Privacy engineering is a growing field these days, becoming an essential function in many modern businesses as they grapple with the "how" of privacy and trust. To respond, the IAPP created the Privacy Engineering Section earlier this year. After a successful opening at the Global Privacy Summit last spring, the Privacy Engineering Section Forum returned for another half-day workshop here at Privacy. Security. Risk. in Austin to help those working in the field to think through tough challenges, learn best practices and hear about what privacy-engineer peers are doing within their organizations.
Clearly there's interest in the area, as the workshop sold out. No doubt the exchange of ideas and audience questions throughout the afternoon demonstrates the thirst for answers and insight among the community.
Broken up into three "mini-sessions," the forum ran the gamut of some of the field's pressing issues. How do you design for the user experience with privacy in mind, for example? How can you help make data governance possible for engineers? What are some practical approaches to real-world issues involving cross-border data transfers for global vendors?
The answers are not easy, but Maritza Johnson, for example, had some insight for designing privacy into the user experience. "Think about how you're measuring for success," she offered. Are you measuring it by click-through rates or A/B testing? Are those measurements that cultivate trust or bolster the privacy of your users?
"Those don't really capture the experience we're looking for," Johnson said. "People don't sit down to 'do privacy' or to 'do security.'" She continued: "We know people don't read privacy policies, but we do need to understand what threats people are interested in and what they want to know more about. Where can you surface the relevant information and controls in areas that people are actually looking for them?"
Johnson suggested teams should think outside the box and get creative about how and what you measure for success. Think about the trust of your users, and build a "privacy narrative." But simply saying, "'we care about your privacy' is not a privacy narrative."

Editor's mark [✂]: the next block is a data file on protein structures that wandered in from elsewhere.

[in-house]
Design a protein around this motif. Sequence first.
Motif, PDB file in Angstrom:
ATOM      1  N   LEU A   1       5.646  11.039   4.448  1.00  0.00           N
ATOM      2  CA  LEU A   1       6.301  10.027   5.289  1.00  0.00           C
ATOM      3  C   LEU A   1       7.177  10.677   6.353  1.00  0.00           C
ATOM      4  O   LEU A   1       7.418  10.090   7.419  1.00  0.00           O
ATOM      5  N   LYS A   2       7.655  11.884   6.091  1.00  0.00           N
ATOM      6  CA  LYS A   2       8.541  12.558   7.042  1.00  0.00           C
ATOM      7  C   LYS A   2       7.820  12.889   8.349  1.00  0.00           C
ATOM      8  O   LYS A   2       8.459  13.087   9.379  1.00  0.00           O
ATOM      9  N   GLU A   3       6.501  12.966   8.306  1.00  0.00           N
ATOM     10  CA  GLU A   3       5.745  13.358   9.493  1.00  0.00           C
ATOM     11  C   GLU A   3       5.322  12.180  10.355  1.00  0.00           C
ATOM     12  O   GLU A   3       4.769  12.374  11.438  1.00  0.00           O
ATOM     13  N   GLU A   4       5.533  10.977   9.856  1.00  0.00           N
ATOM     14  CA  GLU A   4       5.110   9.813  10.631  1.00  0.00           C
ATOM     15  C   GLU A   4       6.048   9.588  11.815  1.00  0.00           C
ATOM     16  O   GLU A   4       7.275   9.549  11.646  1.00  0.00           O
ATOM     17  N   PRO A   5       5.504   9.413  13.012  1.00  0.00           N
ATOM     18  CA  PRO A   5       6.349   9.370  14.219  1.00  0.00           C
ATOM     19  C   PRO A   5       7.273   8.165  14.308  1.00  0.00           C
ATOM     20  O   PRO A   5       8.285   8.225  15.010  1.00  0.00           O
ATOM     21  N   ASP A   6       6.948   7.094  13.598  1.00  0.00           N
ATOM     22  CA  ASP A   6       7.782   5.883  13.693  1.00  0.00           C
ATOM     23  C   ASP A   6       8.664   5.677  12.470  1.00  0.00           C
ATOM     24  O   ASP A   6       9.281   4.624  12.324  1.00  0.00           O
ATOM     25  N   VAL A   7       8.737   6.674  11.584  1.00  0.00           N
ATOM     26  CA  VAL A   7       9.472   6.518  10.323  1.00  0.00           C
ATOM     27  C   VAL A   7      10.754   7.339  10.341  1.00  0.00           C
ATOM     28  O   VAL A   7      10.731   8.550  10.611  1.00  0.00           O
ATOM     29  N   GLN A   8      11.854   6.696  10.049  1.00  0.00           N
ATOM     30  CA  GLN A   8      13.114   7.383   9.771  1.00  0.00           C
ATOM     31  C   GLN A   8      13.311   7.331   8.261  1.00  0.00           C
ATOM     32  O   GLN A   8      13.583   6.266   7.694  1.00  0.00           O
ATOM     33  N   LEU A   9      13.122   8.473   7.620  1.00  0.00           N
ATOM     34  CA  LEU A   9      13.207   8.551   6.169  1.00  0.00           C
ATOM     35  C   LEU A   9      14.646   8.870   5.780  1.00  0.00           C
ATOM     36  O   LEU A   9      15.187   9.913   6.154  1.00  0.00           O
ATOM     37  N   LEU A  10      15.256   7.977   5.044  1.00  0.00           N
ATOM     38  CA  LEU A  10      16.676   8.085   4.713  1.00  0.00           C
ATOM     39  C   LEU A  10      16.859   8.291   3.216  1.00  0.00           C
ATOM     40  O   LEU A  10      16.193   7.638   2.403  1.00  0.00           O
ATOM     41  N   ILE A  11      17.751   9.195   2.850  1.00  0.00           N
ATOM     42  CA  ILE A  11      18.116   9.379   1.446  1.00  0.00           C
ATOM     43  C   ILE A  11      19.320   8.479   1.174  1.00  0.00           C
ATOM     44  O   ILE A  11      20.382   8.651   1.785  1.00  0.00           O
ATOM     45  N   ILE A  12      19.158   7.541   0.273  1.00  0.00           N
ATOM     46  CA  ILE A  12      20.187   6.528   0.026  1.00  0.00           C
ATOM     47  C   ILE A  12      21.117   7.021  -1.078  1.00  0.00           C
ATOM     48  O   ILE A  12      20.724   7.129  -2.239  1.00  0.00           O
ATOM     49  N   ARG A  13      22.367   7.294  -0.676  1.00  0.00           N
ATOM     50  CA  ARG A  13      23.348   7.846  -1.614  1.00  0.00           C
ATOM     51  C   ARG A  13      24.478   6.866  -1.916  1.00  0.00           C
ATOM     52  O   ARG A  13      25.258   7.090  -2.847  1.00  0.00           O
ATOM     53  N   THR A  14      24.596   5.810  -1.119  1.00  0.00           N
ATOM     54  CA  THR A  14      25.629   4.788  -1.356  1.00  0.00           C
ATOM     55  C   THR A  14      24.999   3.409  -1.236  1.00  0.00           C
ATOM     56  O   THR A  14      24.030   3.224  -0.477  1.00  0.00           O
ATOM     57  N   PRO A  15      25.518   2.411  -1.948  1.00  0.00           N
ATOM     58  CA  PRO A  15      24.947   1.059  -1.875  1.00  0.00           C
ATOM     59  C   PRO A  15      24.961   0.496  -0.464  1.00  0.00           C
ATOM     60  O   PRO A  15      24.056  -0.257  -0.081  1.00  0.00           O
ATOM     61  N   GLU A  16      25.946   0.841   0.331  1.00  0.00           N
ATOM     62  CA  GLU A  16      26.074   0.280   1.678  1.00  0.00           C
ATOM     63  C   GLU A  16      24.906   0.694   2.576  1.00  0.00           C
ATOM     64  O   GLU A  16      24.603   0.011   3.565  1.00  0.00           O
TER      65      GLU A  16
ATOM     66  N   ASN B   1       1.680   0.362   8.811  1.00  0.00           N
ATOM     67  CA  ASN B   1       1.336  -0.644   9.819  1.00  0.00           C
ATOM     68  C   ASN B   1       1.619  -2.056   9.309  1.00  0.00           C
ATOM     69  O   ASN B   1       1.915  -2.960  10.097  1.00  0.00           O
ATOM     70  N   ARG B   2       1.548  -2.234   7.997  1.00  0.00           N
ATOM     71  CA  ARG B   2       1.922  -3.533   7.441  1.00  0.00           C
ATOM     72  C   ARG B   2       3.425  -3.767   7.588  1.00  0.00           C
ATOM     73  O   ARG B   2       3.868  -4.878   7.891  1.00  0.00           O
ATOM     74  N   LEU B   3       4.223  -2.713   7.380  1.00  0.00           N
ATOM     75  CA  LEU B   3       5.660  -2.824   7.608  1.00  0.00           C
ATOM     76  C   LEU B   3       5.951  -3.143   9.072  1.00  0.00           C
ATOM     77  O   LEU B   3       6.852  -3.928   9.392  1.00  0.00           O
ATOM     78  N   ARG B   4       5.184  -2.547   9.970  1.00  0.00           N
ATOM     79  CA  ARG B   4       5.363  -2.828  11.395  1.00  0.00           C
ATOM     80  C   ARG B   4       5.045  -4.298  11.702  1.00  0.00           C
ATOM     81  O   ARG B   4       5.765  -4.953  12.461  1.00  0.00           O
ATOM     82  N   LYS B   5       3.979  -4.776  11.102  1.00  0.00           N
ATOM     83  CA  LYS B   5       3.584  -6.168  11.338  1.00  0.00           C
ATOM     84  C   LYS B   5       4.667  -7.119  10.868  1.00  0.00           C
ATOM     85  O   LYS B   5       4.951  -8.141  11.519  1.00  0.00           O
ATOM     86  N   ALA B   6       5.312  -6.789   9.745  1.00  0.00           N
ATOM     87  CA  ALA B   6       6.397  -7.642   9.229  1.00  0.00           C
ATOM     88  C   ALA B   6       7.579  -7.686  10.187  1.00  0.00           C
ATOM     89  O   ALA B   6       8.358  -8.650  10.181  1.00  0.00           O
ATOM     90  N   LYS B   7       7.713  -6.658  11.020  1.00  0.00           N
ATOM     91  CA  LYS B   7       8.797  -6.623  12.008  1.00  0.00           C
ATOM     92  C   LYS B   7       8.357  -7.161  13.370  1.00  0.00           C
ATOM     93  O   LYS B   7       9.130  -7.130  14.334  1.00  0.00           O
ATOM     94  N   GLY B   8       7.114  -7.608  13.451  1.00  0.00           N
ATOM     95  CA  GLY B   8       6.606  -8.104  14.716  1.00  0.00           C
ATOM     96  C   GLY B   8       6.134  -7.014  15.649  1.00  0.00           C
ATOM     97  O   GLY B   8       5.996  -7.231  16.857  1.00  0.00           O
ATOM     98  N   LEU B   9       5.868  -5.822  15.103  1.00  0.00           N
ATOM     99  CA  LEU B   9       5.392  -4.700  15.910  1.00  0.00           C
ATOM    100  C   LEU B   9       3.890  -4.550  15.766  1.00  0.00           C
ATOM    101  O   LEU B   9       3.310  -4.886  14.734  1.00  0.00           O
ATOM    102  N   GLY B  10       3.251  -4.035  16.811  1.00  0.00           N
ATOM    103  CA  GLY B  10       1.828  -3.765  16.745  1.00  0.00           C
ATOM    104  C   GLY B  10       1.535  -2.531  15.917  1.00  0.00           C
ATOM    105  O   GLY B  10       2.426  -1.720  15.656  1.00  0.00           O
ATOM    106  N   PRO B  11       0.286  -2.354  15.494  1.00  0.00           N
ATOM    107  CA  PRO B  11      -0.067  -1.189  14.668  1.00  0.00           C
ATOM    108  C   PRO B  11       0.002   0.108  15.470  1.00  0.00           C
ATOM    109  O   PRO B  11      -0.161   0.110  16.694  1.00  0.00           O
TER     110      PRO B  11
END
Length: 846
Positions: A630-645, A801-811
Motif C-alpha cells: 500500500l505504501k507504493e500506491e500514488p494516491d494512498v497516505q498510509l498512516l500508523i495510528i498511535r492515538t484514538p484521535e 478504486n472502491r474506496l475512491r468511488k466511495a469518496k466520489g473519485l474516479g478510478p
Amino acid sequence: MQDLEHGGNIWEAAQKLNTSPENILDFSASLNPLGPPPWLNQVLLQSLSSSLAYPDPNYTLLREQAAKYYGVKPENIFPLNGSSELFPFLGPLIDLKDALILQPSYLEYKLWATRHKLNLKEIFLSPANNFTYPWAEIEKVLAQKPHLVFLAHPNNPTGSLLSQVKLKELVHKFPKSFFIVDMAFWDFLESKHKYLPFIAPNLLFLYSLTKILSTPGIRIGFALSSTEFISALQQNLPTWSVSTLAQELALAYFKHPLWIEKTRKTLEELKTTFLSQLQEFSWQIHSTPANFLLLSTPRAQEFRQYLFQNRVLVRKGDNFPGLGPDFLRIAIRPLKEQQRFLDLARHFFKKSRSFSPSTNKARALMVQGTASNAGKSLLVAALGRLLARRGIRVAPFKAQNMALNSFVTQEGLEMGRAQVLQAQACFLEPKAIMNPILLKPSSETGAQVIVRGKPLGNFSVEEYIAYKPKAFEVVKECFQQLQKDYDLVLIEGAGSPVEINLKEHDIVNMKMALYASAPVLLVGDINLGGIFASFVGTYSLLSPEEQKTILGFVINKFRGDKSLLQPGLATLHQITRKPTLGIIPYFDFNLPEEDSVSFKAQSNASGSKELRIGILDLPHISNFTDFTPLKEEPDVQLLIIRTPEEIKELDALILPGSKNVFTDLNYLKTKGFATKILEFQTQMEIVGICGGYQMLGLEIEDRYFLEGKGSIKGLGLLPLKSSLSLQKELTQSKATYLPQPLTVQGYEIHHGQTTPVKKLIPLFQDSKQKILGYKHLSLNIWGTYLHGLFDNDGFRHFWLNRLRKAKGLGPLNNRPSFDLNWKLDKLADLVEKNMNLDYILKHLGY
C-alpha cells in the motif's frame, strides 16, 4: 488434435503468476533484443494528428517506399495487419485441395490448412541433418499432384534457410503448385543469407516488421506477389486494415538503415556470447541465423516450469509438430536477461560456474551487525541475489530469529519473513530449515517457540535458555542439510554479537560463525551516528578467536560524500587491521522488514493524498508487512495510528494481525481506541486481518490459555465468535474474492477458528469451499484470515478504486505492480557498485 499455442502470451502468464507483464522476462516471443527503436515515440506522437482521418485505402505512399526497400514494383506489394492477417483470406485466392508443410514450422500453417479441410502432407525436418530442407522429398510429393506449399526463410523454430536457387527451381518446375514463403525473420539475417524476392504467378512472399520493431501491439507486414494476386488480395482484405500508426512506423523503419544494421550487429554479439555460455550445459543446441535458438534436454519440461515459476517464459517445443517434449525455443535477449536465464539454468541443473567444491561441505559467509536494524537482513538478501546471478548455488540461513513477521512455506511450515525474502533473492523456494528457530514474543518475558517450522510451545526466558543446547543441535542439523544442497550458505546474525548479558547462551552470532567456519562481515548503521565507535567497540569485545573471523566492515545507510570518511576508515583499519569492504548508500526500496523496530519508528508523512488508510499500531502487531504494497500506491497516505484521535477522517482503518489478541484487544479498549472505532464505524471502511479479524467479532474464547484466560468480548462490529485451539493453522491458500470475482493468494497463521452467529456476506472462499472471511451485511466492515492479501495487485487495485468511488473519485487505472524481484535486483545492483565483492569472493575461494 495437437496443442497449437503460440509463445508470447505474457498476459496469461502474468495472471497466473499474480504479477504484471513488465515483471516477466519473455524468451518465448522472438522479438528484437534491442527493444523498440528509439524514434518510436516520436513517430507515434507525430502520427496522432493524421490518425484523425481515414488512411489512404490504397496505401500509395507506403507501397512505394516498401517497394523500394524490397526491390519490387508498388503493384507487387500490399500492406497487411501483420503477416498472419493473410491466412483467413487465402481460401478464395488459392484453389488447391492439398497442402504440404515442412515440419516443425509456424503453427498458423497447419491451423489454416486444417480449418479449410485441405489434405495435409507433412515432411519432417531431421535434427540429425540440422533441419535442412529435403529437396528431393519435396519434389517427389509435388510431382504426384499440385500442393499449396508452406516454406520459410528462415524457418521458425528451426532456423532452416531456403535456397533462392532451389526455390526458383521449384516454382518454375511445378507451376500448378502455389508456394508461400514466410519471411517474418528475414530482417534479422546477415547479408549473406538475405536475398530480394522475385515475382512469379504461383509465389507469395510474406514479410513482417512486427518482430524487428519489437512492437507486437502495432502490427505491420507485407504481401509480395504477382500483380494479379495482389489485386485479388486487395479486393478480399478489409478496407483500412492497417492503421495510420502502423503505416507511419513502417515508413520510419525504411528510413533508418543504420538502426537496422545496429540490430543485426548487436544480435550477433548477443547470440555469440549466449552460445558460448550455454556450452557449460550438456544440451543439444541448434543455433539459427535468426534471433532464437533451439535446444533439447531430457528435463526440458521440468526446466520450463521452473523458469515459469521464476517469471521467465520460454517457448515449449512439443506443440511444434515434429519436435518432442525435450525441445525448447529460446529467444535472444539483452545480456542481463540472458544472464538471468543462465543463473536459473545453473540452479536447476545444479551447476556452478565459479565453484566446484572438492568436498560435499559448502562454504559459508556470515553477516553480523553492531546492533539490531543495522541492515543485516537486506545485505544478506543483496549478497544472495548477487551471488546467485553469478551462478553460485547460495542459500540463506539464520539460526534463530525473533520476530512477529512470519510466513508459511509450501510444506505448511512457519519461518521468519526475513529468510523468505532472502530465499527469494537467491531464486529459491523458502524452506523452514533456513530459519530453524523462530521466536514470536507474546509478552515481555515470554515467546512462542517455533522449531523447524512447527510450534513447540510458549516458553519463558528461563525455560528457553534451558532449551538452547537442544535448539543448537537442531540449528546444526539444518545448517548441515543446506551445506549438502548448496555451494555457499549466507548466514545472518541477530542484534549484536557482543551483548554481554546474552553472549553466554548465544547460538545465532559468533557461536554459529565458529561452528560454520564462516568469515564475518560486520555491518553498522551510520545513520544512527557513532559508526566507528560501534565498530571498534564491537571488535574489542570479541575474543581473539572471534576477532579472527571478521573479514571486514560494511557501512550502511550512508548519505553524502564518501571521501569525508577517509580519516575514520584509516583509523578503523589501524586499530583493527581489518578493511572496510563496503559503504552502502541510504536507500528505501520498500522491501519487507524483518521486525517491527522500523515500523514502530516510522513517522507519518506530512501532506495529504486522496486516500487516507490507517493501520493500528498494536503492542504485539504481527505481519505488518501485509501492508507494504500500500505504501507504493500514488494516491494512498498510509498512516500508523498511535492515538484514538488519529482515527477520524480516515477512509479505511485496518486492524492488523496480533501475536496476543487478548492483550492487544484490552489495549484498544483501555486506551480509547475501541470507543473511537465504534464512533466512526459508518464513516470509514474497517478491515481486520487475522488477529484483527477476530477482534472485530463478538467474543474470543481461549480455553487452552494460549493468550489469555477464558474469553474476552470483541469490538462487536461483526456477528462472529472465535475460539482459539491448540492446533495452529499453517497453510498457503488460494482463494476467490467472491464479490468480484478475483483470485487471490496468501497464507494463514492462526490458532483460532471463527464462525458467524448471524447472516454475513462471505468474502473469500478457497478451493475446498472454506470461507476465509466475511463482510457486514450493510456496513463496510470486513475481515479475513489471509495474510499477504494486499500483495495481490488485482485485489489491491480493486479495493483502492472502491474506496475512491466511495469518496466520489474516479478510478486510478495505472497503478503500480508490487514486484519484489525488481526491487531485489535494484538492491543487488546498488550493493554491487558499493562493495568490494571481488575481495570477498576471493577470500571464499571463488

Google Security and Privacy User Experience Researcher Patrick Gage Kelley noted metrics are key, but also pointed out, during UX research, "privacy is rarely the primary test." He said they look at all kinds of metrics, including those built around trust, comfort, or whether a user could be surprised by something. "Having an excellent privacy notice alone is not enough," he argued. "UX is about thinking about the entire user experience and working with the teams at your companies by thinking about the whole ecosystem."
A team from Microsoft also shared how they've operationalized privacy by design in the enterprise. David Marcos, CIPM, CIPT, principal program manager, cloud and enterprise privacy, was joined by Carrie Culley, senior principal program manager, online privacy, security, and accessibility, and Euan Grant, principal architect, privacy, security and compliance, who discussed how data governance has helped with privacy and how privacy has helped data governance. There were plenty of audience questions for this practical take.
The demand for more use cases is apparent in privacy engineering. Wednesday's forum was rounded out by a use case involving data transfers for a global ICT (information and communications technology) vendor. Led by Nokia Software Head of Privacy Frank Dawson, CIPT, and Nokia Software Digital Experience Program Manager Joy Dion, the thorny and complex task presented to attendees was a difficult challenge with the time allotted, but it definitely got the wheels spinning for attendees.
Annie Anton, who servers as chair of the Privacy Engineering Section, also noted she is looking for materials for a book of case studies. So if you have any resources, use cases or templates, be sure to get in touch.
Underlying the day's workshop was the keynote message from Google Principal Engineer Lea Kissner. Ethics in artificial intelligence will play an immensely important role steering technology toward a healthy and safer society. She said this means that design should be socially beneficial, avoid bias, built and tested for safety, accountable to people, incorporate privacy by design principles, uphold high standards of scientific excellence, and avoid societal harm.
These are no small tasks, but ones that will help shape the future.
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